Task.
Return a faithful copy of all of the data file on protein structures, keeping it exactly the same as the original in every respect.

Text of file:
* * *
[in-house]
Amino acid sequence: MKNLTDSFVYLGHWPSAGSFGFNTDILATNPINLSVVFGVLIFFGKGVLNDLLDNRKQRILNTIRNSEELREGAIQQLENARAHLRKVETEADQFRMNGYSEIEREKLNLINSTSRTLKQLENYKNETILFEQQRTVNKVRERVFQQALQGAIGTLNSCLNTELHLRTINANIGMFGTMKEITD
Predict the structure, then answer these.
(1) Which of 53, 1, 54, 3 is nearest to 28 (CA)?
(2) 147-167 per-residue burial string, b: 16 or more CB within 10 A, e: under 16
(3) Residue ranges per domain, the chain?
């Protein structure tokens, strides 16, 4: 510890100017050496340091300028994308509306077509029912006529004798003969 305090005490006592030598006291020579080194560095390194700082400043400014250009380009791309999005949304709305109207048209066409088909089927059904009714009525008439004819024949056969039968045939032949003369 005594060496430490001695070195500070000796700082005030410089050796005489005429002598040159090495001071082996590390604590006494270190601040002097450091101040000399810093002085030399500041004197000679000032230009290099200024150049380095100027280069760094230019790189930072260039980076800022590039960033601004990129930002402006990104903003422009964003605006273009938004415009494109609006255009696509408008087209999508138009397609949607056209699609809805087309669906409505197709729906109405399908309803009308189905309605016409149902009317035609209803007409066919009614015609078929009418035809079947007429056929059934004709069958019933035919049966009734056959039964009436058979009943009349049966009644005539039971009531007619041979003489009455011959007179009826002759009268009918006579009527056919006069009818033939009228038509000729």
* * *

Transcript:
[in-house]
Amino acid sequence: MKNLTDSFVYLGHWPSAGSFGFNTDILATNPINLSVVFGVLIFFGKGVLNDLLDNRKQRILNTIRNSEELREGAIQQLENARAHLRKVETEADQFRMNGYSEIEREKLNLINSTSRTLKQLENYKNETILFEQQRTVNKVRERVFQQALQGAIGTLNSCLNTELHLRTINANIGMFGTMKEITD
Predict the structure, then answer these.
(1) Which of 53, 1, 54, 3 is nearest to 28 (CA)?
(2) 147-167 per-residue burial string, b: 16 or more CB within 10 A, e: under 16
(3) Residue ranges per domain, the chain?
């Protein structure tokens, strides 16, 4: 510890100017050496340091300028994308509306077509029912006529004798003969 305090005490006592030598006291020579080194560095390194700082400043400014250009380009791309999005949304709305109207048209066409088909089927059904009714009525008439004819024949056969039968045939032949003369 005594060496430490001695070195500070000796700082005030410089050796005489005429002598040159090495001071082996590390604590006494270190601040002097450091101040000399810093002085030399500041004197000679000032230009290099200024150049380095100027280069760094230019790189930072260039980076800022590039960033601004990129930002402006990104903003422009964003605006273009938004415009494109609006255009696509408008087209999508138009397609949607056209699609809805087309669906409505197709729906109405399908309803009308189905309605016409149902009317035609209803007409066919009614015609078929009418035809079947007429056929059934004709069958019933035919049966009734056959039964009436058979009943009349049966009644005539039971009531007619041979003489009455011959007179009826002759009268009918006579009527056919006069009818033939009228038509000729």